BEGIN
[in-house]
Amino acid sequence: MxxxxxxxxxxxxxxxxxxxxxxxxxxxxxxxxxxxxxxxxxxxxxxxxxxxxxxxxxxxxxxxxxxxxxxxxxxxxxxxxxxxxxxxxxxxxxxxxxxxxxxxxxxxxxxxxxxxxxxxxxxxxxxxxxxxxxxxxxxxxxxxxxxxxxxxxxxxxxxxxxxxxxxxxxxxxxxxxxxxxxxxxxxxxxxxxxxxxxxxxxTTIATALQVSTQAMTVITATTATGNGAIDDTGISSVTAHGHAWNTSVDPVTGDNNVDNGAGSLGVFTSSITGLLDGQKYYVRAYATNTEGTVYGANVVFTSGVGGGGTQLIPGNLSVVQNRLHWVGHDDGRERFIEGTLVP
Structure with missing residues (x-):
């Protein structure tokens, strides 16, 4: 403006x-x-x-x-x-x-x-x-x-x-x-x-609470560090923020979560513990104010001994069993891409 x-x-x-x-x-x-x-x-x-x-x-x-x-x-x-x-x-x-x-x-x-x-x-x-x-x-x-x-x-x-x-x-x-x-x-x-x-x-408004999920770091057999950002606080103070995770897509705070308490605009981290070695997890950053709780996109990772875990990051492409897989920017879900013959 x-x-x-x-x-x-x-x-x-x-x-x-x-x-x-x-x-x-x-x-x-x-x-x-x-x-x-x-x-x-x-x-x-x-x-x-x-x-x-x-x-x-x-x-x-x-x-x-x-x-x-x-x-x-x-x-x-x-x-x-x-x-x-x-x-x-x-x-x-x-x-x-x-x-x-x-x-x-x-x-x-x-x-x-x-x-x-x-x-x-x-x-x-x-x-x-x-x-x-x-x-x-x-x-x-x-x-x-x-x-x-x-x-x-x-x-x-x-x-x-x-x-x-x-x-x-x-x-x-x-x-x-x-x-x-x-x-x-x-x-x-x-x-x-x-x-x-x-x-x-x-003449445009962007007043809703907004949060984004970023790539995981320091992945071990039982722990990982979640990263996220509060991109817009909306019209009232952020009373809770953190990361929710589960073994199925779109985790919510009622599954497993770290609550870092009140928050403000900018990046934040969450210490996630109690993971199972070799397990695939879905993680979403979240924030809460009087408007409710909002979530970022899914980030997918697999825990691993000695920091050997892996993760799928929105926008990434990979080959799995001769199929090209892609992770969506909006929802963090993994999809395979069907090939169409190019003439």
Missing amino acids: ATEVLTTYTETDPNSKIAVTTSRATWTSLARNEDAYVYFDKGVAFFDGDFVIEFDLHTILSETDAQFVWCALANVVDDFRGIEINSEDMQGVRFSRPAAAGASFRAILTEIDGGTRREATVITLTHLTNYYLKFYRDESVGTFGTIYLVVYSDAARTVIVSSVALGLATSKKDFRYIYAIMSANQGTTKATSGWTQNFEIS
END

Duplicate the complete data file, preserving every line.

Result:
[in-house]
Amino acid sequence: MxxxxxxxxxxxxxxxxxxxxxxxxxxxxxxxxxxxxxxxxxxxxxxxxxxxxxxxxxxxxxxxxxxxxxxxxxxxxxxxxxxxxxxxxxxxxxxxxxxxxxxxxxxxxxxxxxxxxxxxxxxxxxxxxxxxxxxxxxxxxxxxxxxxxxxxxxxxxxxxxxxxxxxxxxxxxxxxxxxxxxxxxxxxxxxxxxxxxxxxxxTTIATALQVSTQAMTVITATTATGNGAIDDTGISSVTAHGHAWNTSVDPVTGDNNVDNGAGSLGVFTSSITGLLDGQKYYVRAYATNTEGTVYGANVVFTSGVGGGGTQLIPGNLSVVQNRLHWVGHDDGRERFIEGTLVP
Structure with missing residues (x-):
């Protein structure tokens, strides 16, 4: 403006x-x-x-x-x-x-x-x-x-x-x-x-609470560090923020979560513990104010001994069993891409 x-x-x-x-x-x-x-x-x-x-x-x-x-x-x-x-x-x-x-x-x-x-x-x-x-x-x-x-x-x-x-x-x-x-x-x-x-x-408004999920770091057999950002606080103070995770897509705070308490605009981290070695997890950053709780996109990772875990990051492409897989920017879900013959 x-x-x-x-x-x-x-x-x-x-x-x-x-x-x-x-x-x-x-x-x-x-x-x-x-x-x-x-x-x-x-x-x-x-x-x-x-x-x-x-x-x-x-x-x-x-x-x-x-x-x-x-x-x-x-x-x-x-x-x-x-x-x-x-x-x-x-x-x-x-x-x-x-x-x-x-x-x-x-x-x-x-x-x-x-x-x-x-x-x-x-x-x-x-x-x-x-x-x-x-x-x-x-x-x-x-x-x-x-x-x-x-x-x-x-x-x-x-x-x-x-x-x-x-x-x-x-x-x-x-x-x-x-x-x-x-x-x-x-x-x-x-x-x-x-x-x-x-x-x-x-003449445009962007007043809703907004949060984004970023790539995981320091992945071990039982722990990982979640990263996220509060991109817009909306019209009232952020009373809770953190990361929710589960073994199925779109985790919510009622599954497993770290609550870092009140928050403000900018990046934040969450210490996630109690993971199972070799397990695939879905993680979403979240924030809460009087408007409710909002979530970022899914980030997918697999825990691993000695920091050997892996993760799928929105926008990434990979080959799995001769199929090209892609992770969506909006929802963090993994999809395979069907090939169409190019003439």
Missing amino acids: ATEVLTTYTETDPNSKIAVTTSRATWTSLARNEDAYVYFDKGVAFFDGDFVIEFDLHTILSETDAQFVWCALANVVDDFRGIEINSEDMQGVRFSRPAAAGASFRAILTEIDGGTRREATVITLTHLTNYYLKFYRDESVGTFGTIYLVVYSDAARTVIVSSVALGLATSKKDFRYIYAIMSANQGTTKATSGWTQNFEIS